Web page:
(Note: Beth Jusino is a freelance editor, award-winning writer, teacher, and publishing consultant with sixteen years experience helping individuals share better stories. She’s also a fellow pilgrim, and we share the same camino tattoo image on our right ankles. How’s that for a quick bio?)
Just as my pursuit in finding gratitude became more intentional, it just as quickly became easy. There are good people all around who will lend a helping hand.
I realized it all the more this morning by way of your email reply. What a great realization of goodness.
But before that, allow me just a quick paragraph or two to frame this up. And by the way, it’s never easy when you’re writing a professional writer and editor. I’m already checking passive voice, wasteful prepositional phrases, and killing bees. (Was that last comma really necessary? I don’t know, but I like it there.)
First, I couldn’t have more respect for what you and Eric did on the Le Puy route. But I’m sure you know that. Pilgrim respect almost goes without saying. But a thousand miles… Whoa. It’s SUCH a big deal. It’s difficult to imagine my own caminos times two.
Secondly, I truly enjoy your writing. The storytelling flows seemingly without effort though I understand it’s not effortless at all. I know you work to make it good because you have so much respect for the profession. The care shows in the published product.
Perhaps even more than the storytelling, though, I appreciate the instructional writing you offer to those of us who aspire to maneuver both the craft, and the industry. In fact, just a few days ago I found myself wondering when you’d publish the next blog post in your current self-publishing series. It’s wonderful that you “give back” and share your experience.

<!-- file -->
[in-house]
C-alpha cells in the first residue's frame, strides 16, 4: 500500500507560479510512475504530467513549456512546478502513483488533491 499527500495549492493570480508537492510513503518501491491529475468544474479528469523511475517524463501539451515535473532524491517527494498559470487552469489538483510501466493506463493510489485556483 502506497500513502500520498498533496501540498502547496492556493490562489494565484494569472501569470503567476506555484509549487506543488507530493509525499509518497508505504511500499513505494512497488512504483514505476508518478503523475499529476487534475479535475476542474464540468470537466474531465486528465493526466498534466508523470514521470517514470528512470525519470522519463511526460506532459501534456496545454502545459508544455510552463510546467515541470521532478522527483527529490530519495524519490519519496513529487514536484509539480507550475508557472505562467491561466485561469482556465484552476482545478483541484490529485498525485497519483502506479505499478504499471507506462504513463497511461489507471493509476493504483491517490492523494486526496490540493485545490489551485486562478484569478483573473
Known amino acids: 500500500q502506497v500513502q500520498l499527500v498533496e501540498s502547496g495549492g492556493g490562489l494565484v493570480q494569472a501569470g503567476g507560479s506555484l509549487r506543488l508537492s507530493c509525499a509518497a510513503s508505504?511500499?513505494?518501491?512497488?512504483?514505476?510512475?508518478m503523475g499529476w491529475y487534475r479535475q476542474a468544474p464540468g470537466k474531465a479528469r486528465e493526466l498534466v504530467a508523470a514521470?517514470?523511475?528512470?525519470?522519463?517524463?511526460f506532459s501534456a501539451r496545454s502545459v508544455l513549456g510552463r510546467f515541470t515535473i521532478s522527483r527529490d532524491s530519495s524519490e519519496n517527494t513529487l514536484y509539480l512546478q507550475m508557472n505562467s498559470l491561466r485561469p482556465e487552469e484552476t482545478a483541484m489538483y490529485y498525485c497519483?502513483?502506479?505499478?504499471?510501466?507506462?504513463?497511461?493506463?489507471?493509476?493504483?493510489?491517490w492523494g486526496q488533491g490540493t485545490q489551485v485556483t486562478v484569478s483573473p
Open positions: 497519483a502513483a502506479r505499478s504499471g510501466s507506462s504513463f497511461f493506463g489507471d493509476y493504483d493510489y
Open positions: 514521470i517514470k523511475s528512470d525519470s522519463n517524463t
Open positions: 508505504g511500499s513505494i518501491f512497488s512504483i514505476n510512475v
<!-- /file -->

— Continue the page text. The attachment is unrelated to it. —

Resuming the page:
Then there’s the tattoo thing, but, anyway … no need to get caught up in that sidebar.
When I wrote yesterday asking if you’d published materials on e-book formatting you graciously replied with a healthy dose of valuable information. Thank you so much. Honestly, there’s some guilt I feel in getting so much for so little.
Beyond the resources, though, you even offered a nice bit of encouragement toward the end. It made me feel good and makes me want to keep going … makes me want to keep walking. There is an end to this journey, yes? It’s such a long road, and so sloppy at times. Thank you for the “ultreia-” like shout out. I press onward.
If the timeline for my first book project were lined up against a Camino Frances map I’d be somewhere just past Portomarin now. Thanks for all you’ve done in helping me get to the final steps on a path that’s been just as memorable as a long walk on that ancient footpath.
Your fellow pilgrim and storyteller,